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Movie Snaps: Cape Town Remembers Differently @ District 6 Museum

by | Feb 24, 2015 | News | 0 comments

Lucinda Jolly reviews ‘Movie Snaps: Cape Town Remembers Differently‘, an exhibition of photographs, maps and memorabilia by Siona O’Connell at the District Six Museum’s Homecoming Centre until February 28.

“Everything can be taken from a man but one thing: the last of the human freedoms—to choose one’s attitude in any given set of circumstances, to choose one’s own way.” Viktor E. Frankl, psychiatrist, author of Man’s Search for Meaning and Holocaust survivor.

A chalk line is drawn. Step across it and you are on the other side. Sounds sinister. But it’s just the way the street photographer of yesteryear negotiated with his subjects. Those who crossed the line entered an agreement to have their photograph taken and were given a ticket with the possibility of purchasing prints later from a kiosk.

We’re talking about the once globally popular trend of street photography. Photographs taken from Australia to America in this style were indistinguishable. The exhibition “Movie Snaps: Cape Town Remembers Differently” covers street photography from 1945, just three years before the legislation of apartheid, right up until the early eighties. As curator Siona O’ Connell suggests the photographs could be interpreted as witnesses to WWII, apartheid and forced removals.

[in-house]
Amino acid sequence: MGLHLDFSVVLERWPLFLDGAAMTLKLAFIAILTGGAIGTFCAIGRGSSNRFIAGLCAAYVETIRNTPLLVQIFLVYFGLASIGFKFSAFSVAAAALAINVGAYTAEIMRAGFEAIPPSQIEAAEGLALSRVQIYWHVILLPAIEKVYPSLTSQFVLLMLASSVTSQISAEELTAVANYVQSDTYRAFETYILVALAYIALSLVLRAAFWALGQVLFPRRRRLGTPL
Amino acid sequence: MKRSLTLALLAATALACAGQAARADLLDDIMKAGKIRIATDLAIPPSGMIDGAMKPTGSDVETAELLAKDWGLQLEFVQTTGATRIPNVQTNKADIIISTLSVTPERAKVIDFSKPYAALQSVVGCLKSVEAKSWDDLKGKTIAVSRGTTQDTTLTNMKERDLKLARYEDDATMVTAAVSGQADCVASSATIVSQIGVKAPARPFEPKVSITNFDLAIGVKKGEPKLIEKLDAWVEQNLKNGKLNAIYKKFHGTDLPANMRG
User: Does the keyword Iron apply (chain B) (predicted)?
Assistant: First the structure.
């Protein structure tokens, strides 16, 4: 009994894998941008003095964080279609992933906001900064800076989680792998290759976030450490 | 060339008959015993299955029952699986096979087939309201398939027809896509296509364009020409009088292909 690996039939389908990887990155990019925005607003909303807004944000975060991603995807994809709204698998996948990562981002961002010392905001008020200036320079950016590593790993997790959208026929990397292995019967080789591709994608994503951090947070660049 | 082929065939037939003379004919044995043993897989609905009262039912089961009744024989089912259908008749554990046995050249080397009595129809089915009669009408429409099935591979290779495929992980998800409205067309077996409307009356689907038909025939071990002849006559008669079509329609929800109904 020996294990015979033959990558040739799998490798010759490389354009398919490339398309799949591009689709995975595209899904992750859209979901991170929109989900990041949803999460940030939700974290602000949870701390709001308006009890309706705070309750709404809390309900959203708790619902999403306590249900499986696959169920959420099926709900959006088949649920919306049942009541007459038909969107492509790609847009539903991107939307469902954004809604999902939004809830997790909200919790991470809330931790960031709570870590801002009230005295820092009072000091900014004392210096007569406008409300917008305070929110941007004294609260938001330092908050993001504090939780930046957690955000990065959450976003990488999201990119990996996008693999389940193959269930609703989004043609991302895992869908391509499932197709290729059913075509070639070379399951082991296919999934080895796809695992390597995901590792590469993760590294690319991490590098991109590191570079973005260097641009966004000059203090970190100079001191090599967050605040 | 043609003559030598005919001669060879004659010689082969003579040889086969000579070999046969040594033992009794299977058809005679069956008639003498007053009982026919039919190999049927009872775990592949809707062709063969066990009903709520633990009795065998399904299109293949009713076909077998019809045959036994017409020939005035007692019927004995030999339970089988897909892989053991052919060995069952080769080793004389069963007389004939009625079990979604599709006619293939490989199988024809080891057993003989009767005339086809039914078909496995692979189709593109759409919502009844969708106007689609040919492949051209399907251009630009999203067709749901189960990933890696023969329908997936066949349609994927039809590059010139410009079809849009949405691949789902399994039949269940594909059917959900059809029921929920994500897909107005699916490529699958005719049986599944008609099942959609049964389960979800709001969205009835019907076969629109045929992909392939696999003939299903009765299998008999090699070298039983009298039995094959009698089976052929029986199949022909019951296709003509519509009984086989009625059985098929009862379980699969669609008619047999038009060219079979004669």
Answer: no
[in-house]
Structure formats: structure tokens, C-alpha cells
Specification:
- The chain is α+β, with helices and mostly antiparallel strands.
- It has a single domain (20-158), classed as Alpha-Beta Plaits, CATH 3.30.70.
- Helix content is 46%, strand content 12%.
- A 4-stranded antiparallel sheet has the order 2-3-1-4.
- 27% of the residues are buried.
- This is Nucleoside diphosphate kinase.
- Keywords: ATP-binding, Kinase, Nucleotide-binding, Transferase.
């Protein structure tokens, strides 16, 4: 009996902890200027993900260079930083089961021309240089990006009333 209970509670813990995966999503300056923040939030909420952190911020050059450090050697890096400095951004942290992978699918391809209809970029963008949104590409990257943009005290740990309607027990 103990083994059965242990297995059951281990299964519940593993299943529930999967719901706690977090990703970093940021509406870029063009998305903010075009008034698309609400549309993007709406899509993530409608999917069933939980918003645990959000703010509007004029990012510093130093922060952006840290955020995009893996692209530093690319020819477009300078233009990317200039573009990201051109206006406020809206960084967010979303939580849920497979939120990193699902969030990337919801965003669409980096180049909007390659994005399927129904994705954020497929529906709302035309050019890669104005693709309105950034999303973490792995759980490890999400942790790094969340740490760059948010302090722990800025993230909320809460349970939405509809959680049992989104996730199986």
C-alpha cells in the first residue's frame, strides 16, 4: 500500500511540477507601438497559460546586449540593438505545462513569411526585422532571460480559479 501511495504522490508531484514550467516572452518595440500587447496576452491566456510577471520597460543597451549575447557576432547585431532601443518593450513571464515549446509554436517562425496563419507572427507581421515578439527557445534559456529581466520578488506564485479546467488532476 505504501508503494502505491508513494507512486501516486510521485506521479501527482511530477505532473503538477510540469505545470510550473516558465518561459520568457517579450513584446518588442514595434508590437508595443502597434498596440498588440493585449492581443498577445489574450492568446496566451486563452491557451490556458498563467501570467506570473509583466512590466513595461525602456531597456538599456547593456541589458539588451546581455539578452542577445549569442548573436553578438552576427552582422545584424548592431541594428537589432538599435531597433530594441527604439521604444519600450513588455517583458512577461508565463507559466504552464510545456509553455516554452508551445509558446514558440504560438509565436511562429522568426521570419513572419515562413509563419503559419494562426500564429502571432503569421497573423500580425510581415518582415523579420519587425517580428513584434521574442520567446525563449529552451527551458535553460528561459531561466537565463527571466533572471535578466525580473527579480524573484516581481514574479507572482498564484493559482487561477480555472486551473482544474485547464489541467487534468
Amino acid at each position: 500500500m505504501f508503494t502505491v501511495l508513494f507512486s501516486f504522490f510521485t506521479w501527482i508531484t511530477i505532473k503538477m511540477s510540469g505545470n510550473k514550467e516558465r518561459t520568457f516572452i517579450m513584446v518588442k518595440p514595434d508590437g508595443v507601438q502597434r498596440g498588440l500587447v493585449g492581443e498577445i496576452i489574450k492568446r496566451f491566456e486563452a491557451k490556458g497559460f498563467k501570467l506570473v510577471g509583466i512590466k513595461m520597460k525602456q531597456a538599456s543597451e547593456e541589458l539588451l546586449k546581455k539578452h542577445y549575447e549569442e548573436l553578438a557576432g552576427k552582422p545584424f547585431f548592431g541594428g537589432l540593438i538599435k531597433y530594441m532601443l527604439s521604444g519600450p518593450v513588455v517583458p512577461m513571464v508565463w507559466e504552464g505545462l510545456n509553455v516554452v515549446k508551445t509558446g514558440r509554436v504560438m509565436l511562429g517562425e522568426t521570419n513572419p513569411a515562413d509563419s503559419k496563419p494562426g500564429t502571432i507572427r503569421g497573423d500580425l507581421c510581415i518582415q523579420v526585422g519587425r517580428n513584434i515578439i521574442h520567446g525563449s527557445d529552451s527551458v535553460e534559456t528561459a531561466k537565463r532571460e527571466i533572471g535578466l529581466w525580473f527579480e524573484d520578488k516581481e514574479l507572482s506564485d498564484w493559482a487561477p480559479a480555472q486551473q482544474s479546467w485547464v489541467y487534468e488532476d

O’ Connell lectures in visual and art history at at UCT’s Michaelis School of Fine art. She wrote her doctoral thesis on the land claims of District Six and life after apartheid and her work centres around archives and curation .Her approach is to “shift frames from aesthetics to restorative justice, to open up questions around representation, freedom, trauma and memory in the aftermath of oppression”. This was clearly seen in her exhibition “Spring Queen” 3 years ago which focused on the queen and princesses of the rag trade.

As with “Spring Queen” this exhibition deals with subject matter that “falls outside the larger narrative of apartheid”.

The opening of the exhibition at the District Six Homecoming Centre was packed to the rafters with people from all walks of life, many clutching a Movie Snaps photograph. Present was the grand niece of Hurwitz, the man who once  owned the now obsolete photographic studio Movie Snaps on the Grand Parade from which the exhibition gets its name .The viewers included those who were forcibly moved from District Six and those who had had family members removed , white people ,black people coloured people, Muslims , Jews and gentiles. It was a mixed masala of an event. All would have experienced life during apartheid differently but there was one common denominator which connected them all – the memory or an actual photograph of someone they knew taken by a street photographer.